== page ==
Never fail outreach is part of our DNA.
As marketers we get so caught up and connected to our idea, we forget to do the due diligence on the potential appeal of the idea itself. We’ve had clients who, in the dim and distant past, have absolutely insisted their idea is best (so why did you hire us?!) and no amount of preaching or evangelizing on our part could change their minds. We learned to tackle that most infuriating of objections with data, and therefore, overcoming subjectivity with reason.
When we’re executing a creative planning session for a client, the first thing we do after coming up with the core creative ideas is the initial outreach. That’s right – we’re pitching the ideas to publishers *way* before a piece of design work, or research work has been carried out.
Here’s the process from an internal on-boarding document:
Once those initial ideas have been pitched to potential publishers, we head back to our client with an update. We present the pitches with a quantitative view on the number of people, editors, journalists, whoever, that got interested and gave their feedback and agreement in principle to run with a story. You can’t argue with popularity.
Are we sounding like a PR agency?
Fourth: Recruit the help of an expert
We call this stage, “Stakeholder Recruitment”. You simply can’t go and produce a piece of expert editorial or research without the input of someone who knows what they’re doing. The real trick is to find someone with big presence.
Building an interactive on the history of the VW? Find out who’s in charge of sites like this, and ask if they’d like to contribute. What about Porsche? Find writers and enthusiasts on Followerwonk. Find clever ways to find the contact details of your experts, make friends, get them involved and make them stakeholders.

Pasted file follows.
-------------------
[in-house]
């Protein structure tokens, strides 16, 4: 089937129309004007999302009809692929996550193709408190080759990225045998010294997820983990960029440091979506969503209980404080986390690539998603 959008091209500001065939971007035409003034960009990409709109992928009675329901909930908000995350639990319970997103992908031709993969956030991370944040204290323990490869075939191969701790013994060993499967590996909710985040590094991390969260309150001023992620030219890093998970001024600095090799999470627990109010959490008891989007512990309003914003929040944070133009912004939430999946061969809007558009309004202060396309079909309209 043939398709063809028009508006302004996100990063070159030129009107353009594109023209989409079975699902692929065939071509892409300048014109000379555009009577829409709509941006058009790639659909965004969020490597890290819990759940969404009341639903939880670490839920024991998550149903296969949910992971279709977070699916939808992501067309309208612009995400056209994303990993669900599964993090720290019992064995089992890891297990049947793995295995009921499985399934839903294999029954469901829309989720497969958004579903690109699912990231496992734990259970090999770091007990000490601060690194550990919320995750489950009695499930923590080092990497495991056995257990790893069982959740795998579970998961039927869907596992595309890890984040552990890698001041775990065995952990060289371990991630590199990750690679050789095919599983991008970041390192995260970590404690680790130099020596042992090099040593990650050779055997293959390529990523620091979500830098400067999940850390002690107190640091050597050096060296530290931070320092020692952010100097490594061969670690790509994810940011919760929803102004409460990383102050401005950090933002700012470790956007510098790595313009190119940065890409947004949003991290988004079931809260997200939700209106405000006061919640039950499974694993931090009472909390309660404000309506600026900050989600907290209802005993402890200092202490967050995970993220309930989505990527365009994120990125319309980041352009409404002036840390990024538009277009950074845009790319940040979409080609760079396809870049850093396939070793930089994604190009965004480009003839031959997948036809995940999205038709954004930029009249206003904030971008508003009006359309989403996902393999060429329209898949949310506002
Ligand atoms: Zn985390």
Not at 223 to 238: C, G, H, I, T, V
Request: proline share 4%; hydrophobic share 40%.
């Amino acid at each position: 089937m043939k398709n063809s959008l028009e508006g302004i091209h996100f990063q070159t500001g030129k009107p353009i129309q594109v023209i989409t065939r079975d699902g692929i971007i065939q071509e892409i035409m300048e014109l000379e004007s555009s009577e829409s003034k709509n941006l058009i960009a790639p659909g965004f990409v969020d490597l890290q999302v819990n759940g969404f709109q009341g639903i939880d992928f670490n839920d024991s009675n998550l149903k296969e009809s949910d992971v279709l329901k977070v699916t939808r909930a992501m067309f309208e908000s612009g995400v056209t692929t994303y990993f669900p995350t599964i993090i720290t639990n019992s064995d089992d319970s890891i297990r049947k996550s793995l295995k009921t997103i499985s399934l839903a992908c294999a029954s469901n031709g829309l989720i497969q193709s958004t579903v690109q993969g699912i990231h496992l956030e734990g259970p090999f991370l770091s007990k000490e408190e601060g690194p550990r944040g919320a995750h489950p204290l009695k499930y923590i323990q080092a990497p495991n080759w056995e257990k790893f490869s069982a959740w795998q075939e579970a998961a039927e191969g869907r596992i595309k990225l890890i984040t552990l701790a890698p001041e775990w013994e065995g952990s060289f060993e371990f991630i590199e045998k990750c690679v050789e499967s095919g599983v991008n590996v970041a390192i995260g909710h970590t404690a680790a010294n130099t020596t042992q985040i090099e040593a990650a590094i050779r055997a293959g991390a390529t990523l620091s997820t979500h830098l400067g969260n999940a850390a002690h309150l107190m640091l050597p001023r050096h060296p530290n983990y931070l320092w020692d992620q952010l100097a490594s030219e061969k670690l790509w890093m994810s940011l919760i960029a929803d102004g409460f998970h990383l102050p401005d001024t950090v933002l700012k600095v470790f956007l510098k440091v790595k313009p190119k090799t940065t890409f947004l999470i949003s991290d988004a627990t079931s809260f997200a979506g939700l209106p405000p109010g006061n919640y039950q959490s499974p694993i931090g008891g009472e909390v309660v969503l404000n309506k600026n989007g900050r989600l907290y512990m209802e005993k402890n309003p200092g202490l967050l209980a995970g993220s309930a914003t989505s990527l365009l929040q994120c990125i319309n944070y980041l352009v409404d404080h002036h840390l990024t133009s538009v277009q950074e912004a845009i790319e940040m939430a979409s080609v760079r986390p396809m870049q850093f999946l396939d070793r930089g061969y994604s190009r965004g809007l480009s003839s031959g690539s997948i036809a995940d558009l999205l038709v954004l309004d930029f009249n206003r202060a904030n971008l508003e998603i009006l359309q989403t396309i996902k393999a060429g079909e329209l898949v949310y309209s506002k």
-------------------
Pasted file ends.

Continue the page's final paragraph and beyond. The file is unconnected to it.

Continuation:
Whatever happens, if you know you have demand for your idea ahead of time, and the support of the people who live and breath that vertical, you’ll have a much easier time at launch.
Thinking back to the initial outreach, we almost always tend to choose the publication with the biggest audience to launch a piece of our marketing for us. Usually, with a reasonable period of exclusivity before we offer up variations of the piece to other publishers. The real trick is to get everyone who contributed and (of course) the publisher’s own audience to do the social sharing for you. We tend to consider a piece of marketing conducted for a client that needed tweets or social interference from our own SEOs to get it started a failure.
This stuff has to have organic reach to spread on its own. When you see a bunch of profiles in the wrong target audience sharing something, by request of the originator, in a tool like Topsy, you’re in trouble. When the thing you’ve created gets traction on its own, seeded by an authority in the space, you can sit back, relax and treat yourself to a Mojito.
Image credit: notspavinThe "Big" Content Promotion Tip That'll Save You a Lot of Pain: Never Fail.,